After the talk, I walked with my sister to the room where I would meet Ms. Cox. We lined up outside the small space and quickly walked in after the event organizers opened the door. We ended up forming another line in order to take pictures with Ms. Cox after she walked in. We applauded her once more as she walked up to the area right in front of where the photographer was standing, and waited patiently for our few minutes with Laverne Cox.

“Hello, and what is your name?” Ms. Cox had asked.

I walked up to follow her hand movements motioning me forward and to answer my question. I had to quickly figure out a way to look like I wasn’t going to vomit all over her beautiful shoes.

“Uh, my name is Jasmine,” I responded.

“And what are you studying here?”

“I’m a graduate student in the Communications program.”

“Oh wow!” she said with a smile. “And how is that going?”

“It’s going well. I’m actually graduating next weekend.”

“There must be not a lot of other Black people in your program then.”

“No, I’m the only one in my program. And it’s pretty much only my sister and I here today.”

A glance around the room had shown that I was correct in my previous statements. Ms. Cox, my sister, and I were the only Black people that I could see in the room for the meet-and-greet. And it was in between taking pictures with Ms. Cox that I spoke about the contrast in diversity in various areas of my own life, and how I felt about seeing so few people who looked like me.

It was in that brief conversation with Laverne Cox that the importance of minority representation in media and popular culture was revealed. Having examples of people, who are just like you, is not only incredibly encouraging to see, but it is also crucial for individuals in the minority to succeed.

Ms. Laverne Cox’s audience, not only that day, but throughout the entirety of her public career, has been inspired, educated, and encouraged to achieve greatness and to pursue their dreams. Seeing one person stand up and make a change only creates more people to stand as well. Which makes the world one step closer towards a more positive and just society.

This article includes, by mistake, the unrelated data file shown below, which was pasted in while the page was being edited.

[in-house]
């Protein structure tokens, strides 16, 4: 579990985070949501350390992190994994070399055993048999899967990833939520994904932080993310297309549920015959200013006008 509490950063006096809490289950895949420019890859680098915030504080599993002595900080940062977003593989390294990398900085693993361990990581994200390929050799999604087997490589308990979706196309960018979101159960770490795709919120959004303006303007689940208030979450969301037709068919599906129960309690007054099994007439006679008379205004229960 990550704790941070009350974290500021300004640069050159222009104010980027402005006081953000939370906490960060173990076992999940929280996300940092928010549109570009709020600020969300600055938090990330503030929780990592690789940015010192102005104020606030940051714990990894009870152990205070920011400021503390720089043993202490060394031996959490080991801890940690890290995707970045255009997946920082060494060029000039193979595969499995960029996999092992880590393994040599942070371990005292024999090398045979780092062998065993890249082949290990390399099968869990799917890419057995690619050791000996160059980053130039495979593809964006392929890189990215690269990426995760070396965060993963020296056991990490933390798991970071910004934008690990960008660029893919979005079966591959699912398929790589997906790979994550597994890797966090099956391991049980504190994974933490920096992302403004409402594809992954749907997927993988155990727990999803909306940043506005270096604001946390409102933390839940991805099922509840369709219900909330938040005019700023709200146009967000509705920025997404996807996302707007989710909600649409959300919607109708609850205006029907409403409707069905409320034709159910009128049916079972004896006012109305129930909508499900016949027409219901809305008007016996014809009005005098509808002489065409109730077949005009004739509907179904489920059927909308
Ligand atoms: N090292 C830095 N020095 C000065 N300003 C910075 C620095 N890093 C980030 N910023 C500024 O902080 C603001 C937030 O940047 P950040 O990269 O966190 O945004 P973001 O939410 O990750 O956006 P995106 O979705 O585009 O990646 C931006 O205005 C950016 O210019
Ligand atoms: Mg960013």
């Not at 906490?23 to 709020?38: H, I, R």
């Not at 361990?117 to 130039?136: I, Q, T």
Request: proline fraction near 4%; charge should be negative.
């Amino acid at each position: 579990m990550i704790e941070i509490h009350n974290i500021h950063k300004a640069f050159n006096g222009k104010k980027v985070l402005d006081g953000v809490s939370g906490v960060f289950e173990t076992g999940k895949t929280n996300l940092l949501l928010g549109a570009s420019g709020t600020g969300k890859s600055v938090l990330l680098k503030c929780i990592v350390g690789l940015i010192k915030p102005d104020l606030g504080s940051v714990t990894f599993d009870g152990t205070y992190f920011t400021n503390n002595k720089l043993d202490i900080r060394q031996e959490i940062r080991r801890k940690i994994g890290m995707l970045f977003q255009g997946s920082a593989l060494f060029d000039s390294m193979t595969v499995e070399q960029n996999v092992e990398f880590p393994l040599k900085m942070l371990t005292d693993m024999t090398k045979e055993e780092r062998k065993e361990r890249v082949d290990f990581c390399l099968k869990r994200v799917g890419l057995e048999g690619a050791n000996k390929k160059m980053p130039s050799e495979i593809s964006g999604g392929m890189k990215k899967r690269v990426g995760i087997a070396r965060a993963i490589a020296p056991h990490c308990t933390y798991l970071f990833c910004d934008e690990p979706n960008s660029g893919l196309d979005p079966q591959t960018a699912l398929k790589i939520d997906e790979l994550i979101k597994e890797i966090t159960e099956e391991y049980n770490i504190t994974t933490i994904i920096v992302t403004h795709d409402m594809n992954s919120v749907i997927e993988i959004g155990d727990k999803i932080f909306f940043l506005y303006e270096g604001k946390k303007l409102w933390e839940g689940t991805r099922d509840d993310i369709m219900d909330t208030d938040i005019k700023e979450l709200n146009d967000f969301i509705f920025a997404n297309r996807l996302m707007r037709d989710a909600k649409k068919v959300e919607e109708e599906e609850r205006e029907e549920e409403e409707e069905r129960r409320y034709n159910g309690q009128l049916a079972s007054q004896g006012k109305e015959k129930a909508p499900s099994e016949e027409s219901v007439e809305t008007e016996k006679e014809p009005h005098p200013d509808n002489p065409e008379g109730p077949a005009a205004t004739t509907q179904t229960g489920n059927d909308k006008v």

2 responses

  1. Jasmine, what a beautiful piece AND a wonderful opportunity for you and the other students. Like you, I am often the only black person in the room or at a program. But, if someone else shows up, there’s an instant connection. We are in on something the rest of the people are not.

    You’re right that seeing someone who looks like you is encouraging and lets you know that you, too, can do whatever you wish. I remember, as a guest teacher, walking into a 3rd grade classroom in a mostly white school. The two little black girls, who sat near the front, looked at each other with great surprise when I appeared. One of them said with wonder, “She’s black!” and they squealed and smiled. The importance of my being there dawned on me then. Not just for those two girls, but every other child in the room needed to see someone who looked like me conducting the class.

    Congratulations on your accomplishments, Jasmine. You are one who our kids will be looking up to.

    Liked by 1 person

    May 8, 2015 at 1:40 PM

Leave a Reply

Fill in your details below or click an icon to log in:

WordPress.com Logo

You are commenting using your WordPress.com account. Log Out / Change )

Twitter picture

You are commenting using your Twitter account. Log Out / Change )

Facebook photo

You are commenting using your Facebook account. Log Out / Change )

Google+ photo

You are commenting using your Google+ account. Log Out / Change )

Connecting to %s